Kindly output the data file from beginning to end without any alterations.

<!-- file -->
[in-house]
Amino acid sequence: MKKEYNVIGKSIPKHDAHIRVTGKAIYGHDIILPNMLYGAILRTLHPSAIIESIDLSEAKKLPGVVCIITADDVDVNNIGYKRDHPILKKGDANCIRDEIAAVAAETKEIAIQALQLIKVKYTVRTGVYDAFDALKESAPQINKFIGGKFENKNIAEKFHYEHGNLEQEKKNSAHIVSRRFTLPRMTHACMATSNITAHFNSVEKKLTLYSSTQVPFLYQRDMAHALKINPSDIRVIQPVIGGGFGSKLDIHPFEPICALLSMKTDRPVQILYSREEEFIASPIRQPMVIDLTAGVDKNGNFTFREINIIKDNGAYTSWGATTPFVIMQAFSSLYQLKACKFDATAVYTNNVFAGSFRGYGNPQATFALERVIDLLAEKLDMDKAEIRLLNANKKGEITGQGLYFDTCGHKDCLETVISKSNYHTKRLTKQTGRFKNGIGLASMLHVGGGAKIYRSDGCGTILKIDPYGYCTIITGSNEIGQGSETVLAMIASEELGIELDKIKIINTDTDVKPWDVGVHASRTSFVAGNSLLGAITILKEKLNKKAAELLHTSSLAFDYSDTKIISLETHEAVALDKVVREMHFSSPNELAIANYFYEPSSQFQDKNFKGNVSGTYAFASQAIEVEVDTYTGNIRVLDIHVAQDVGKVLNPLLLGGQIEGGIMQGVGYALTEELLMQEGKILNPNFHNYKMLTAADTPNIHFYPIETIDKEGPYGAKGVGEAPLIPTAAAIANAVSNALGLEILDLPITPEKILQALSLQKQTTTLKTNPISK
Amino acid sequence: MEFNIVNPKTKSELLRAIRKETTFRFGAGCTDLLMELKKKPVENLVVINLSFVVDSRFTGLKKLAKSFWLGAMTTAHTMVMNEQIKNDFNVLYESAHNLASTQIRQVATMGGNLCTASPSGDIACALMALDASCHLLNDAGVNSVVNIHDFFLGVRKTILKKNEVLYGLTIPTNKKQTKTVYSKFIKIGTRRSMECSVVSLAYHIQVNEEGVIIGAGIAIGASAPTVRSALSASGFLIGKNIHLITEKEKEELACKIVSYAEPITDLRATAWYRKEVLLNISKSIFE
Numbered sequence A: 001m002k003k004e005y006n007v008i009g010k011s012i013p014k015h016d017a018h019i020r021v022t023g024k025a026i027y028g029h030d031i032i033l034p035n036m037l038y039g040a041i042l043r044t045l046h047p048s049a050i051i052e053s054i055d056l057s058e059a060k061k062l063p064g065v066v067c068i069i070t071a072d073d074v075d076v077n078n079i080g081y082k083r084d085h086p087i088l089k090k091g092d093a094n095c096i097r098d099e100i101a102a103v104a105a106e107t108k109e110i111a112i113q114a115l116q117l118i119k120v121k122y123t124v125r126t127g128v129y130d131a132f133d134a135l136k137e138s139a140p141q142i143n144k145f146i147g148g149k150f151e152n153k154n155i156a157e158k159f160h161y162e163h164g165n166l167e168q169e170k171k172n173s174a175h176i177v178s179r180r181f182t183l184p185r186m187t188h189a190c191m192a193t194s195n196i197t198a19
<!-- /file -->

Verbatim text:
[in-house]
Amino acid sequence: MKKEYNVIGKSIPKHDAHIRVTGKAIYGHDIILPNMLYGAILRTLHPSAIIESIDLSEAKKLPGVVCIITADDVDVNNIGYKRDHPILKKGDANCIRDEIAAVAAETKEIAIQALQLIKVKYTVRTGVYDAFDALKESAPQINKFIGGKFENKNIAEKFHYEHGNLEQEKKNSAHIVSRRFTLPRMTHACMATSNITAHFNSVEKKLTLYSSTQVPFLYQRDMAHALKINPSDIRVIQPVIGGGFGSKLDIHPFEPICALLSMKTDRPVQILYSREEEFIASPIRQPMVIDLTAGVDKNGNFTFREINIIKDNGAYTSWGATTPFVIMQAFSSLYQLKACKFDATAVYTNNVFAGSFRGYGNPQATFALERVIDLLAEKLDMDKAEIRLLNANKKGEITGQGLYFDTCGHKDCLETVISKSNYHTKRLTKQTGRFKNGIGLASMLHVGGGAKIYRSDGCGTILKIDPYGYCTIITGSNEIGQGSETVLAMIASEELGIELDKIKIINTDTDVKPWDVGVHASRTSFVAGNSLLGAITILKEKLNKKAAELLHTSSLAFDYSDTKIISLETHEAVALDKVVREMHFSSPNELAIANYFYEPSSQFQDKNFKGNVSGTYAFASQAIEVEVDTYTGNIRVLDIHVAQDVGKVLNPLLLGGQIEGGIMQGVGYALTEELLMQEGKILNPNFHNYKMLTAADTPNIHFYPIETIDKEGPYGAKGVGEAPLIPTAAAIANAVSNALGLEILDLPITPEKILQALSLQKQTTTLKTNPISK
Amino acid sequence: MEFNIVNPKTKSELLRAIRKETTFRFGAGCTDLLMELKKKPVENLVVINLSFVVDSRFTGLKKLAKSFWLGAMTTAHTMVMNEQIKNDFNVLYESAHNLASTQIRQVATMGGNLCTASPSGDIACALMALDASCHLLNDAGVNSVVNIHDFFLGVRKTILKKNEVLYGLTIPTNKKQTKTVYSKFIKIGTRRSMECSVVSLAYHIQVNEEGVIIGAGIAIGASAPTVRSALSASGFLIGKNIHLITEKEKEELACKIVSYAEPITDLRATAWYRKEVLLNISKSIFE
Numbered sequence A: 001m002k003k004e005y006n007v008i009g010k011s012i013p014k015h016d017a018h019i020r021v022t023g024k025a026i027y028g029h030d031i032i033l034p035n036m037l038y039g040a041i042l043r044t045l046h047p048s049a050i051i052e053s054i055d056l057s058e059a060k061k062l063p064g065v066v067c068i069i070t071a072d073d074v075d076v077n078n079i080g081y082k083r084d085h086p087i088l089k090k091g092d093a094n095c096i097r098d099e100i101a102a103v104a105a106e107t108k109e110i111a112i113q114a115l116q117l118i119k120v121k122y123t124v125r126t127g128v129y130d131a132f133d134a135l136k137e138s139a140p141q142i143n144k145f146i147g148g149k150f151e152n153k154n155i156a157e158k159f160h161y162e163h164g165n166l167e168q169e170k171k172n173s174a175h176i177v178s179r180r181f182t183l184p185r186m187t188h189a190c191m192a193t194s195n196i197t198a19